Thanks for the support
As a high school teacher, I have had many students who have heard about the global cooling scare of the 1970s, and these students hold on to those ideas even in the face of overwhelming evidence to suggest that the current warming trend is real. Until I read Sid Perkins’ article “Cooling climate ‘consensus’ of 1970s never was” (SN: 10/25/08, p. 5), I have never had a strong argument to address that concern. There may be only a few global warming critics among scientists, but policy is so often dictated by the court of popular opinion. I am quite glad that Thom...
Two crops, only one pops
In “Let’s get vertical” (SN: 10/11/08, p. 16), writer Rachel Ehrenberg reports that “increased demand for a single crop, such as corn, is felt from movie theaters to hog farms.” It is important to note, however, that the corn fed to moviegoers and the corn fed to farm animals aren’t the same thing. In fact, they are two distinct and different varieties. Popcorn is Zea mays averta, a type of flint corn. The corn used as animal feed, called dent corn or field corn, is Zea mays indentata. Try to pop field corn, and you’ll just get hard, tough, hot corn.
In the study on the correlation of high levels of serum calcium with fatal prostate cancer (“Cancer-calcium connection,” SN: 9/27/08, p. 12), were testosterone and vitamin D levels also measured simultaneously? Since low levels of both are related to osteoporosis in men, and testosterone is known to be a fuel of cancer, wasn’t perhaps calcium just a proxy for testosterone?
Edward Kausel, Cambridge, Mass.
Participants were given vitamin D and calcium supplements as part of the study. But the researchers didn’t measure blood levels of vitamin D, and they acknowled...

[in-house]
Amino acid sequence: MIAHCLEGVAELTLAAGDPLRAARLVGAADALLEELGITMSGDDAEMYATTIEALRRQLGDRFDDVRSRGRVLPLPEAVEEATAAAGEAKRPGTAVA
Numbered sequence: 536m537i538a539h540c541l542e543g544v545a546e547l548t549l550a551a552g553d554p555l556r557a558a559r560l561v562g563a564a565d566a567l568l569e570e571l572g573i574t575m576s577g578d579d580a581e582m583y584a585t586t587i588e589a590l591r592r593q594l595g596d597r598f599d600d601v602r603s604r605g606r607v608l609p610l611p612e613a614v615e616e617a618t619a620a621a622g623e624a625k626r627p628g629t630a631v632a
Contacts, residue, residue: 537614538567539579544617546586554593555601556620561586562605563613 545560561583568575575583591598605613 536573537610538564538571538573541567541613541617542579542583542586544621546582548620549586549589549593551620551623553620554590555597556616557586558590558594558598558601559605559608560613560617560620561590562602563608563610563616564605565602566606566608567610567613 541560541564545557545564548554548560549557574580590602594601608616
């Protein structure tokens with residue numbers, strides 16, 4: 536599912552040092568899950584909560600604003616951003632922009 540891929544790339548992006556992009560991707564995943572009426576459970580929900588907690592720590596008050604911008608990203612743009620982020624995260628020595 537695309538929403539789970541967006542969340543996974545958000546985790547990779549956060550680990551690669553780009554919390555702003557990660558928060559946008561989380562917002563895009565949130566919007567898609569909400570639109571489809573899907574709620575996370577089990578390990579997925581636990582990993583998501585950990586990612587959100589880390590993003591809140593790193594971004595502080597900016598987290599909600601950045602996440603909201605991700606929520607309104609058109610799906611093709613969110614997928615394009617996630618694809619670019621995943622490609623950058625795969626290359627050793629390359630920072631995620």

Readers share their thoughts on "Down with carbon" (SN: 5/10/08, p. 18), which describes carbon dioxide sequestration:
The article repeatedly mentions liquid CO2, which has to be under high pressure to become a liquid. Has the CO2 released from burning fuel to run the necessary compressors and pumps been considered, or would those be powered with wind or solar energy? If so, why not just use those sources directly to replace fossil fuels and make less CO2 to begin with? Why keep devising complex technological schemes to fix problems rather than simply avoiding the techno...
Plants and rheumatism
Some medical specialists in the field of rheumatology might find it useful to review the work of Ann M. Hirsch and Angie Lee, mentioned in the article by Susan Milius (SN: 4/12/08, p. 235). It describes a process in plant fixation of nitrogen involving biological action that seems to attract calcium. Perhaps a similar action occurs in human bone joints, causing the attraction of calcium in rheumatism.
Roger W. Otto, San Mateo, Calif.
A pervasive hidden influence
“Dad’s Hidden Influence” (SN: 3/29/08, p. 200) states that, “Fathers 40 and older have an increas...